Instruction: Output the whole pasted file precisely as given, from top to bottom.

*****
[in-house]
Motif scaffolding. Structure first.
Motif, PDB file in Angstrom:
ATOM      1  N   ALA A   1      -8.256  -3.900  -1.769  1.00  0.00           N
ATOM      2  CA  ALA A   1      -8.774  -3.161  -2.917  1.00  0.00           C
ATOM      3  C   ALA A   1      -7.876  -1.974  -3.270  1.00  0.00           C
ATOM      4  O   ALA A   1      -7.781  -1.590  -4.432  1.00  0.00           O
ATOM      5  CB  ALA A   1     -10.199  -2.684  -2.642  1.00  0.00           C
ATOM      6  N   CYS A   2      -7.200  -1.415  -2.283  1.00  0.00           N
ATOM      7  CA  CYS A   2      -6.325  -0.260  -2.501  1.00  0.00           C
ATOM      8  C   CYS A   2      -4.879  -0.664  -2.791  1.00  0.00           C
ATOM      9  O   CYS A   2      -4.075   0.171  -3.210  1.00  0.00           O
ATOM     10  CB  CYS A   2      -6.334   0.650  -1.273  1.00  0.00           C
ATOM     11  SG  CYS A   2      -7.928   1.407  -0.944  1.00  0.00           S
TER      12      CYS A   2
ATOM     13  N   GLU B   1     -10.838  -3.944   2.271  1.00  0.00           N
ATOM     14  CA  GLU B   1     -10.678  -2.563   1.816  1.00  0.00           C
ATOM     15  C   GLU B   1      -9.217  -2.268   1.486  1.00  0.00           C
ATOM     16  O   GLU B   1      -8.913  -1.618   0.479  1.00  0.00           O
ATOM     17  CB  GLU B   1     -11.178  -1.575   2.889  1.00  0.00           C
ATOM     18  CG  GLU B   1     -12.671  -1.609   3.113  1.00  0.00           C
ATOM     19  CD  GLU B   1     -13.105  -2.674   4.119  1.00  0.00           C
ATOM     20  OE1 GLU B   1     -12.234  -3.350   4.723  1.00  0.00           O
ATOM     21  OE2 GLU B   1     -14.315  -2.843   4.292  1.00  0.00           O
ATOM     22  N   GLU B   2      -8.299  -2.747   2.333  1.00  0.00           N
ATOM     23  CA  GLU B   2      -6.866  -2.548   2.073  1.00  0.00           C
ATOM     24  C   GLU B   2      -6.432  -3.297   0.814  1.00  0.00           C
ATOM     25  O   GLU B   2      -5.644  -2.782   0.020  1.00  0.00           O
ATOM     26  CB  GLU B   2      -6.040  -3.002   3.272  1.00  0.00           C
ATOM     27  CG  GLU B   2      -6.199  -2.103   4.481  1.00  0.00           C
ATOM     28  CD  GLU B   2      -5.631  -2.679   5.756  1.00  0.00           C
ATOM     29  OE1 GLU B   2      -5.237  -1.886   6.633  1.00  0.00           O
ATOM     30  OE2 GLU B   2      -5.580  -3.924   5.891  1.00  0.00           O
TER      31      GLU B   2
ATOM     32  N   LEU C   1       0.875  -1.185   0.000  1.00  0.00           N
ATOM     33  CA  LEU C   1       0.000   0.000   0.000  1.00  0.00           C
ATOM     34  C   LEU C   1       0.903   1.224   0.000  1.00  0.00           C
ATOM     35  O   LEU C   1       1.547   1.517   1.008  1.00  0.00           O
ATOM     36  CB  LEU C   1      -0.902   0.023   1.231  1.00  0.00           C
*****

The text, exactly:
[in-house]
Motif scaffolding. Structure first.
Motif, PDB file in Angstrom:
ATOM      1  N   ALA A   1      -8.256  -3.900  -1.769  1.00  0.00           N
ATOM      2  CA  ALA A   1      -8.774  -3.161  -2.917  1.00  0.00           C
ATOM      3  C   ALA A   1      -7.876  -1.974  -3.270  1.00  0.00           C
ATOM      4  O   ALA A   1      -7.781  -1.590  -4.432  1.00  0.00           O
ATOM      5  CB  ALA A   1     -10.199  -2.684  -2.642  1.00  0.00           C
ATOM      6  N   CYS A   2      -7.200  -1.415  -2.283  1.00  0.00           N
ATOM      7  CA  CYS A   2      -6.325  -0.260  -2.501  1.00  0.00           C
ATOM      8  C   CYS A   2      -4.879  -0.664  -2.791  1.00  0.00           C
ATOM      9  O   CYS A   2      -4.075   0.171  -3.210  1.00  0.00           O
ATOM     10  CB  CYS A   2      -6.334   0.650  -1.273  1.00  0.00           C
ATOM     11  SG  CYS A   2      -7.928   1.407  -0.944  1.00  0.00           S
TER      12      CYS A   2
ATOM     13  N   GLU B   1     -10.838  -3.944   2.271  1.00  0.00           N
ATOM     14  CA  GLU B   1     -10.678  -2.563   1.816  1.00  0.00           C
ATOM     15  C   GLU B   1      -9.217  -2.268   1.486  1.00  0.00           C
ATOM     16  O   GLU B   1      -8.913  -1.618   0.479  1.00  0.00           O
ATOM     17  CB  GLU B   1     -11.178  -1.575   2.889  1.00  0.00           C
ATOM     18  CG  GLU B   1     -12.671  -1.609   3.113  1.00  0.00           C
ATOM     19  CD  GLU B   1     -13.105  -2.674   4.119  1.00  0.00           C
ATOM     20  OE1 GLU B   1     -12.234  -3.350   4.723  1.00  0.00           O
ATOM     21  OE2 GLU B   1     -14.315  -2.843   4.292  1.00  0.00           O
ATOM     22  N   GLU B   2      -8.299  -2.747   2.333  1.00  0.00           N
ATOM     23  CA  GLU B   2      -6.866  -2.548   2.073  1.00  0.00           C
ATOM     24  C   GLU B   2      -6.432  -3.297   0.814  1.00  0.00           C
ATOM     25  O   GLU B   2      -5.644  -2.782   0.020  1.00  0.00           O
ATOM     26  CB  GLU B   2      -6.040  -3.002   3.272  1.00  0.00           C
ATOM     27  CG  GLU B   2      -6.199  -2.103   4.481  1.00  0.00           C
ATOM     28  CD  GLU B   2      -5.631  -2.679   5.756  1.00  0.00           C
ATOM     29  OE1 GLU B   2      -5.237  -1.886   6.633  1.00  0.00           O
ATOM     30  OE2 GLU B   2      -5.580  -3.924   5.891  1.00  0.00           O
TER      31      GLU B   2
ATOM     32  N   LEU C   1       0.875  -1.185   0.000  1.00  0.00           N
ATOM     33  CA  LEU C   1       0.000   0.000   0.000  1.00  0.00           C
ATOM     34  C   LEU C   1       0.903   1.224   0.000  1.00  0.00           C
ATOM     35  O   LEU C   1       1.547   1.517   1.008  1.00  0.00           O
ATOM     36  CB  LEU C   1      -0.902   0.023   1.231  1.00  0.00           C